Probably about 20 years ago the notion that we ought to insist that students scan after a string of fire really took hold. It was easy to teach, cost no money, everyone could do it, it took no time, was something macho-mean-tacticool that even the least competent instructor could demonstrate and teach, and just generally added to the idea that you were learning useful stuff on the range.
It was a good idea.
It was implemented very badly.
(Full disclosure: I was as bad as any other presenter in doing a perfunctory scan after drills on video, though in my defense, I did feel silly, and I didn’t insist on them when teaching in person.)
A lot has been written on this subject — much, but not all, that I agree with. Let’s see if we can bottom line it.
After you shoot, and before you holster (and call 911) or exit the area (and call 911), you should look to see what’s around you. Other BGs, BGs’ friends, witnesses, escape avenues, safe places, loved ones, friends, injuries (other than the guy you shot), other armed people, evidence, unsafe objects or places or situations. All these and more are not just useful, but critical things to observe, register, and act on. Seeing them is rightfully part of the aftermath that you need to manage. And like any part of the aftermath, if you don’t train it, you’ll screw it up. Doubledamnguaranteed.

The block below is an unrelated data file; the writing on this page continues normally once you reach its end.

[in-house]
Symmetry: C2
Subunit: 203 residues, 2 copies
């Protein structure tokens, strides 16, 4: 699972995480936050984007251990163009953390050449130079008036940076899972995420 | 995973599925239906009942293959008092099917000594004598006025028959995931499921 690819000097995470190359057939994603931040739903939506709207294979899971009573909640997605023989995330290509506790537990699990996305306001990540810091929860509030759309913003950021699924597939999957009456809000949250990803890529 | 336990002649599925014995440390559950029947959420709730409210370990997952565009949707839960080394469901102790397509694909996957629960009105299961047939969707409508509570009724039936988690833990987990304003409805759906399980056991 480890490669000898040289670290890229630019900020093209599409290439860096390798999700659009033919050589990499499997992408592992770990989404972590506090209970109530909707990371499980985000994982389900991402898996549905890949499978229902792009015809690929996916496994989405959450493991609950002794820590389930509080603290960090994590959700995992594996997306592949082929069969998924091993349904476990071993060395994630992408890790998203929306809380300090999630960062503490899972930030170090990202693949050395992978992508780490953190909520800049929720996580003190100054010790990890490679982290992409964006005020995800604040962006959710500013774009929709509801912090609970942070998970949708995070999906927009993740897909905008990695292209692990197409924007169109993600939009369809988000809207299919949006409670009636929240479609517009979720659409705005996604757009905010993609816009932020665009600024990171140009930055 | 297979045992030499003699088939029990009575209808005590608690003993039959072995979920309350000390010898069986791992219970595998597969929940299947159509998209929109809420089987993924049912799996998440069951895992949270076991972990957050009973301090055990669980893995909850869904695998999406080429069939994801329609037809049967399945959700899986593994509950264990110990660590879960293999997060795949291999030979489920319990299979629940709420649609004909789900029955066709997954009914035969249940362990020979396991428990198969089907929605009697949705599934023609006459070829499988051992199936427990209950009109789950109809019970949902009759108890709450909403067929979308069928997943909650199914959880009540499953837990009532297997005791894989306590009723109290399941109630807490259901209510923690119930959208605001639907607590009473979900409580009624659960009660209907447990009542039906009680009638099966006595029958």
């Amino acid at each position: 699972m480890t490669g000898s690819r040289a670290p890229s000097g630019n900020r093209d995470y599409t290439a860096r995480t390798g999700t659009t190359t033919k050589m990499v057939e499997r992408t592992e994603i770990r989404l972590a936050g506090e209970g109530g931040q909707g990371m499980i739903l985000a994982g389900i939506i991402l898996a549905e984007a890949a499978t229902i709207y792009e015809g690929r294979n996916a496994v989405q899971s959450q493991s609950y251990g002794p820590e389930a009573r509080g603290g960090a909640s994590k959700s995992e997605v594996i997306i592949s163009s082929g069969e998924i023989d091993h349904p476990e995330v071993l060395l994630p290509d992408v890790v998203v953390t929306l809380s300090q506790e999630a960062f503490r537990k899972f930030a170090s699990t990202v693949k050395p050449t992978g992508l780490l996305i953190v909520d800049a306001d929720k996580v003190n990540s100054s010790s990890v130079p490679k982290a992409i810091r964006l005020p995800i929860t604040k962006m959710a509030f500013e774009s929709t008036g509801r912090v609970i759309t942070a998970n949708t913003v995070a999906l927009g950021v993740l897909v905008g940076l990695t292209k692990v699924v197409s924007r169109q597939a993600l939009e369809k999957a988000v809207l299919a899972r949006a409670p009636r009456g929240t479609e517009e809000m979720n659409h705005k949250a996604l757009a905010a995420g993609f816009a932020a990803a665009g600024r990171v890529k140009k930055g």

But a quick scan left and right ain’t gonna do it. You need, and instructors need to teach, that you look for something…something that’s variable. It it the instructor’s responsibility to often create something that needs to be noticed after strings, like a “bad guy”, a “bomb”, an an injured loved one”,etc., and in a more realistic exercise, then acted on. All of these things can be represented by props, and even reasonably realistic ones are cheap to make or acquire. That doesn’t get you all the way to a fully functional and realistically useful scan, and certainly not to an appropriate set of actions based on what you see, but it does teach students to look for something that might really be there, not just quickly and perfunctorily wiggle their heads around.
For the umteenth time: there’s more to shooting than shooting.